Negative Health Consequences

Using trazodone for a long period can damage a person’s physical and mental health over time. Some of the potential issues include:

  • Short-term memory problems
  • Issues with verbal learning
  • A disruption to a person’s equilibrium or balance
  • Muscle endurance problems

Serotonin Syndrome

Another potential health consequence of antidepressants like trazodone is the risk of serotonin syndrome. If patients are taking more than one antidepressant or other drugs that encourage serotonin production, this can lead to an over-abundance of this neurochemical.

Clinical symptoms of serotonin syndrome can be seen within two hours—or up to 24 hours—after taking a higher dose or adding another serotonin-related drug. Symptoms of serotonin syndrome consist of:

  • Tremors
  • Muscle aches
  • Sweating
  • Anxiety
  • Confusion
  • Tachycardia
  • Delirium
  • Hallucinations
  • Seizures
  • Renal failure
  • Vomiting
  • Seizures
  • Fever
  • Diarrhea
  • Coma
  • Death


Another risk associated with trazodone use is a potential overdose. Key signs and symptoms of an overdose include:

  • Agitation or restlessness
  • Twitching muscles
  • Confusion
  • Rapid heart rate and high blood pressure
  • Diarrhea
  • Shivering and goosebumps

Signs & Symptoms of Trazodone Addiction

Trazodone can be physically and psychologically addicting, especially if it is used for sustained periods. Some of the signs of trazodone addiction also apply to other prescription drug dependencies, and they include:

  • Finding ways to get trazodone without a prescription.
  • Taking more trazodone than is prescribed.
  • Using trazodone in ways that are not consistent with prescribed use (e.g., snorting it or combining it with other drugs).
  • Spending enormous amounts of time attempting to acquire trazodone, either illegally or by prescription.
  • Continuing to use trazodone even after experiencing negative consequences (e.g., loss of job, relationships ending, failing classes).
  • Neglecting other areas of life such as work, school, social life, and family.
  • Ongoing health issues due to trazodone use.
  • Engaging in risky or dangerous behavior.
  • Using trazodone for other reasons than its intended use (e.g., to get high by combining it with other drugs or as a crutch to get through daily life).
  • Showing signs of tolerance and withdrawal symptoms when not taking trazodone. This can include increased anxiety, depression, nausea, dizziness, etc.

Other Abuse Signs

Aside from the signs above, there are other behaviors to watch out for if you suspect someone has a trazodone addiction.

“Doctor Shopping”

One of the most common signs of addiction or abuse with prescription drugs is “doctor shopping.” Because doctors only prescribe a set amount of trazodone at one time, people who are addicted will resort to finding multiple doctors to obtain more than one prescription. Doctor shopping is often a more extreme sign of addiction as the person is at the stage where they are not only consuming more than prescribed, but they’re also taking desperate measures to acquire it. As part of this activity, individuals will even travel great distances to different pharmacies to remain undetected.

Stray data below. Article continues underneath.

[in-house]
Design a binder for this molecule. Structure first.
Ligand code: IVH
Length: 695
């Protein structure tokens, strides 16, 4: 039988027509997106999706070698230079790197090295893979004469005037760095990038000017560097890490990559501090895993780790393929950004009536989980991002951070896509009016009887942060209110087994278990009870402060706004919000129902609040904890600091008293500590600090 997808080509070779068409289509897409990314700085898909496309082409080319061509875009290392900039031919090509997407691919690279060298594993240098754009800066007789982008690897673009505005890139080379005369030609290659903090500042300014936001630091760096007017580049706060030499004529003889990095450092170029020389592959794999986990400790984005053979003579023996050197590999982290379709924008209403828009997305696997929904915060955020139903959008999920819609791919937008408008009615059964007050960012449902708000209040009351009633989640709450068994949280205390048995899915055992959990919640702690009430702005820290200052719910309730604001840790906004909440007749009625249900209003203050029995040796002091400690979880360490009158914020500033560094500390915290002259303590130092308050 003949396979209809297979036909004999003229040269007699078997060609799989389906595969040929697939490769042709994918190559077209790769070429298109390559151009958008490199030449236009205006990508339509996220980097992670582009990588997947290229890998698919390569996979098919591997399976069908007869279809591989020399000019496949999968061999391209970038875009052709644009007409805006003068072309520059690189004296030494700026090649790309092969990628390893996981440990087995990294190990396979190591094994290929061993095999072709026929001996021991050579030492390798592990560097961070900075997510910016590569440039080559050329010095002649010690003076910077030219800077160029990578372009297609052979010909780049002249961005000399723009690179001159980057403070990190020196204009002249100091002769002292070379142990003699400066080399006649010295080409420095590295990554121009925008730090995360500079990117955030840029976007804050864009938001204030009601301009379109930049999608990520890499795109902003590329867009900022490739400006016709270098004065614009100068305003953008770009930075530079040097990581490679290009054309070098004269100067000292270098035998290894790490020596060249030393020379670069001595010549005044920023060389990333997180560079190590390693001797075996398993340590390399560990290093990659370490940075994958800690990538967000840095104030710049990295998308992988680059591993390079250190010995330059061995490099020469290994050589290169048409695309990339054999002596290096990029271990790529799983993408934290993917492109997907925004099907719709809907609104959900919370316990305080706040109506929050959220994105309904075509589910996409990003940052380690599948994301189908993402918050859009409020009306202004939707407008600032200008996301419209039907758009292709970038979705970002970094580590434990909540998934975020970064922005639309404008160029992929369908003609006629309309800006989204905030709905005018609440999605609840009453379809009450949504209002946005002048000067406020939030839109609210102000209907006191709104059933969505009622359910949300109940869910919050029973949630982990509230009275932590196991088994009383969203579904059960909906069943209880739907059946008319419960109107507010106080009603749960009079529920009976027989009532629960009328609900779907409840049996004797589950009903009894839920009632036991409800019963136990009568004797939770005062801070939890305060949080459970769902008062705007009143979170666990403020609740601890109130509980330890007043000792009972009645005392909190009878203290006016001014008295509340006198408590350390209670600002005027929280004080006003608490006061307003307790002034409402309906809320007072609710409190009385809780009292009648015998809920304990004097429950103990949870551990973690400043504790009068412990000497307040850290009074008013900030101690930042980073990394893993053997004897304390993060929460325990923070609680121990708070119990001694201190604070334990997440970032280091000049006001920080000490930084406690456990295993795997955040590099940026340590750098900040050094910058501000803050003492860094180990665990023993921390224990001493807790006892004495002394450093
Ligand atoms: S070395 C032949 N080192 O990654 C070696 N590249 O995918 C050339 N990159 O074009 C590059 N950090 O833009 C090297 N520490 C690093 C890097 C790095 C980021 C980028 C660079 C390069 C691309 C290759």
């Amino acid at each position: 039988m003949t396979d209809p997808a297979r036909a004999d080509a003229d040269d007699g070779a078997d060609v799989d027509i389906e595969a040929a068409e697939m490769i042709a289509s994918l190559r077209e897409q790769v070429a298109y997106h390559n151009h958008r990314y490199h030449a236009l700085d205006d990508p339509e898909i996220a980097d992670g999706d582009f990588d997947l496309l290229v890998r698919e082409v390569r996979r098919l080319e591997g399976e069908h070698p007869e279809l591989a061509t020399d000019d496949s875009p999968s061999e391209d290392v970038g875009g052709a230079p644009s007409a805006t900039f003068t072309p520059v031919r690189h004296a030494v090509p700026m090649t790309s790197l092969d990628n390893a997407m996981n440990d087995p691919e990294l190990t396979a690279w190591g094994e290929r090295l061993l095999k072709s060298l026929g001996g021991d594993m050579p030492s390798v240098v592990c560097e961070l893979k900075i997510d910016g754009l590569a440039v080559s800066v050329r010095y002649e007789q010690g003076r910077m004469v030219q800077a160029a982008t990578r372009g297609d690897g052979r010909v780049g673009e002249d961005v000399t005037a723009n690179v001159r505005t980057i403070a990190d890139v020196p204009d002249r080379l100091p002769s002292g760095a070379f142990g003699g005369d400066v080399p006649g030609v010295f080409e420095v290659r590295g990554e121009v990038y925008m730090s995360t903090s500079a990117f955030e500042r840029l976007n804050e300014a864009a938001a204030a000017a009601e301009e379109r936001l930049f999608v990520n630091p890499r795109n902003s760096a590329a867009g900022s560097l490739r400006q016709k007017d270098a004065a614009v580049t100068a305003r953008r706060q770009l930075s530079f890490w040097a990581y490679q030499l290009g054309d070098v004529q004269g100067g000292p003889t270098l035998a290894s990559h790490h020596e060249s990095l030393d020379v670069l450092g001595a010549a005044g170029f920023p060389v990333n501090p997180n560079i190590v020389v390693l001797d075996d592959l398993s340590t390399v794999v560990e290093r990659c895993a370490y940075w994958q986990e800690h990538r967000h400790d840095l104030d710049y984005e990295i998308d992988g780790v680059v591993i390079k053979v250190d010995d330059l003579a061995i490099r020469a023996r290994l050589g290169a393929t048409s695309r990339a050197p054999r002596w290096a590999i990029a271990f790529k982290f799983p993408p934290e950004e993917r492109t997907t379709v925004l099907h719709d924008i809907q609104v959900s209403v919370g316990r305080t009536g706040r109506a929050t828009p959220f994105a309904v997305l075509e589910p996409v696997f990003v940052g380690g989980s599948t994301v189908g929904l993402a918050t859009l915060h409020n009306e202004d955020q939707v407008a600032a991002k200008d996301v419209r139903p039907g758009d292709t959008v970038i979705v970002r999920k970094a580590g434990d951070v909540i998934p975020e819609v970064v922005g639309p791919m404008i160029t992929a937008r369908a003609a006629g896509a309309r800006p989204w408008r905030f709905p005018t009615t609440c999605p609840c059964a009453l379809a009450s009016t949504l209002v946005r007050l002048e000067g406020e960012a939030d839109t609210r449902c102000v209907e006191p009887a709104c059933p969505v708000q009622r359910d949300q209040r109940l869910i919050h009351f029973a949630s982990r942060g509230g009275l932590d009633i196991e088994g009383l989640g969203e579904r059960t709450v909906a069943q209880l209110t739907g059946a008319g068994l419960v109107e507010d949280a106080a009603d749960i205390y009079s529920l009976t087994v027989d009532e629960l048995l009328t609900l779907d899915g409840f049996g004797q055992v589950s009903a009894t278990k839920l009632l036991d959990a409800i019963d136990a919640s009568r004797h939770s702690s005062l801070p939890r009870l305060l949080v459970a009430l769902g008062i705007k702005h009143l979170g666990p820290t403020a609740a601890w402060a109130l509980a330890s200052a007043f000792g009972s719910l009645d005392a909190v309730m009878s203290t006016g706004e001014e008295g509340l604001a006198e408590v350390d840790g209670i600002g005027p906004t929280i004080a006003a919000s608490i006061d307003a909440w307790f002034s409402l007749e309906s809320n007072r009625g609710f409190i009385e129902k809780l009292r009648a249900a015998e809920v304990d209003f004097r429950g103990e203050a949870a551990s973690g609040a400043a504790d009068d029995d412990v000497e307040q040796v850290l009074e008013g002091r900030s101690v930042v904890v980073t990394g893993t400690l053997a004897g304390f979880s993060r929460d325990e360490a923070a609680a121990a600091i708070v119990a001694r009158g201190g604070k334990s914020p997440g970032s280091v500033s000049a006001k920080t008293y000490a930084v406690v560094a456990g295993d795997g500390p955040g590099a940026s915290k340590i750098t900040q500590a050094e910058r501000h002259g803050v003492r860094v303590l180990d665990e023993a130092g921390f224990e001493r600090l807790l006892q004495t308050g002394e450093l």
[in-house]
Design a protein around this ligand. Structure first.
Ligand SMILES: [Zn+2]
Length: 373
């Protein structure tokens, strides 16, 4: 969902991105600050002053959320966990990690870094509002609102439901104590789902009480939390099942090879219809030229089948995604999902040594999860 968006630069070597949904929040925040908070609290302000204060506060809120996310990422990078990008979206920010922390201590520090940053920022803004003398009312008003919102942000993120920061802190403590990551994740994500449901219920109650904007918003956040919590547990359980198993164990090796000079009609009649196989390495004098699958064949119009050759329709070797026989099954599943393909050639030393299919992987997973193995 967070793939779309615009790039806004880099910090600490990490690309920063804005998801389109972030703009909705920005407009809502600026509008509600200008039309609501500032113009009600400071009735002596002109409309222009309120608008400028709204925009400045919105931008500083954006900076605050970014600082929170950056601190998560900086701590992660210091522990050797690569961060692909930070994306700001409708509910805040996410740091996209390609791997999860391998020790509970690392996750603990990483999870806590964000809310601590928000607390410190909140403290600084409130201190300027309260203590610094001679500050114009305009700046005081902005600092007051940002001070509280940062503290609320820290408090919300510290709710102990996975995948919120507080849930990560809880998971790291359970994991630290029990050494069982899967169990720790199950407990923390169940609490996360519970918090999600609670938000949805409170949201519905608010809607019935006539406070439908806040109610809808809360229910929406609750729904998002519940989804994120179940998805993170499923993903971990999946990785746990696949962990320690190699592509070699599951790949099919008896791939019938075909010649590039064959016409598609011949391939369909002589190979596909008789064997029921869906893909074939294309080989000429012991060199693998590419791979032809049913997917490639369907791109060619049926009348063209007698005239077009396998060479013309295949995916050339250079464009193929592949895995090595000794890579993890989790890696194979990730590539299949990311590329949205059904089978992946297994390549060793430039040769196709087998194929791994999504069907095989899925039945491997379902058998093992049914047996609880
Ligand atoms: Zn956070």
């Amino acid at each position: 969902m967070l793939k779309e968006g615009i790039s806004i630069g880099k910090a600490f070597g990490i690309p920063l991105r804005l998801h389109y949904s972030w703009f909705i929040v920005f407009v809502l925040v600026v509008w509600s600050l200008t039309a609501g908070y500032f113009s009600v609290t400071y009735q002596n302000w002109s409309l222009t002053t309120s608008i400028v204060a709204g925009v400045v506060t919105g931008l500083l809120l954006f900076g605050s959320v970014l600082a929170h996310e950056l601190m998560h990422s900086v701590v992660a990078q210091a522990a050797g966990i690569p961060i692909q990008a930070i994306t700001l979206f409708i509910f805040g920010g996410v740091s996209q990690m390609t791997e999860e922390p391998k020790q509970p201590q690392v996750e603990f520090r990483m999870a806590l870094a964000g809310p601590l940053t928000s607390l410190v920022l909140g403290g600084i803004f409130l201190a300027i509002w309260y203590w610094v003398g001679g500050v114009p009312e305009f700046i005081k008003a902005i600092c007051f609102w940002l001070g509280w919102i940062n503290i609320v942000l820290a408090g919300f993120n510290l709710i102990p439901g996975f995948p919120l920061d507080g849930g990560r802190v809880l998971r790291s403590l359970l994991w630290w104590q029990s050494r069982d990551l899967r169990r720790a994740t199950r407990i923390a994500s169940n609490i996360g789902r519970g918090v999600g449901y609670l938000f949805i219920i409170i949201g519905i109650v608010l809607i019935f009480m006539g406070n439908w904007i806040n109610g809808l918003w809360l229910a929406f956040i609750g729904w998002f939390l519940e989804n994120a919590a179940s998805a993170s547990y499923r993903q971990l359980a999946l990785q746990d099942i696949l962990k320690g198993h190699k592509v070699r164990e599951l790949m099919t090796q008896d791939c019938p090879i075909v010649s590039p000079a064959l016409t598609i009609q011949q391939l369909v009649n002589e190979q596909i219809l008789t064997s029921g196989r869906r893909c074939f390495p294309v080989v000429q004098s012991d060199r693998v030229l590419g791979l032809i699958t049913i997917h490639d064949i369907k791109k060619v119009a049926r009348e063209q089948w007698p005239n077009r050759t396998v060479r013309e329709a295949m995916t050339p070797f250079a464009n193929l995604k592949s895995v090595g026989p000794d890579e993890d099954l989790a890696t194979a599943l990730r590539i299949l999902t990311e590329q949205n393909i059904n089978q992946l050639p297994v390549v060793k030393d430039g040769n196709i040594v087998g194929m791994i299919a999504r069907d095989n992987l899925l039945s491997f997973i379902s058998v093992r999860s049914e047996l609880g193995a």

Mood Swings

Because trazodone influences moods, some people may experience mood swings if they’re abusing the drug. This is especially the case if they’re taking multiple drugs and medications at once (poly-drug use). If you or someone you know is experiencing frequent mood swings and you know that they regularly use trazodone, it can be a sign of addiction.

Financial Problems

Like many addictions, excessive use of a substance or behavior can eventually lead to financial problems. Individuals may go into debt because they are buying so many trazodone prescriptions at once. This can lead to issues such as struggling to pay rent and bills. Also, long-term drug use may cause a person to lose their jobs or get kicked out of school, resulting in a downward spiral of substance abuse and financial problems.


If you or a loved one are struggling with trazodone abuse or addiction, you are not alone. Treatment and support are readily available. Contact the Substance Abuse and Mental Health Services Administration (SAMHSA) National Helpline at 1-800-662-4357 for information on support and treatment.

You can also find a list of treatment centers near you on our website to help get you on the path to recovery.

Key Sources

Centers for Disease Control and Prevention (CDC). (2020). Antidepressant Use Among Adults: United States, 2015-2018. (n.d.). Trazodone.

Edlund, M. (2017). Is Trazodone the New Brain Wonder Drug? (n.d.). Trazodone Addiction, Abuse, and Symptoms.

Medical Disclaimer

At, we are dedicated to helping people recover from problematic substance use and associated mental health disorders. If you or a loved one are struggling with addiction to drugs or alcohol, you are not alone. Information on treatment and support options is readily available through the National Helpline of the Substance Abuse and Mental Health Services Administration (SAMHSA) at 1-800-662-4357. To further assist you along the path to recovery, the treatment center locator on our website allows you to easily find rehabilitation programs and services in your local area.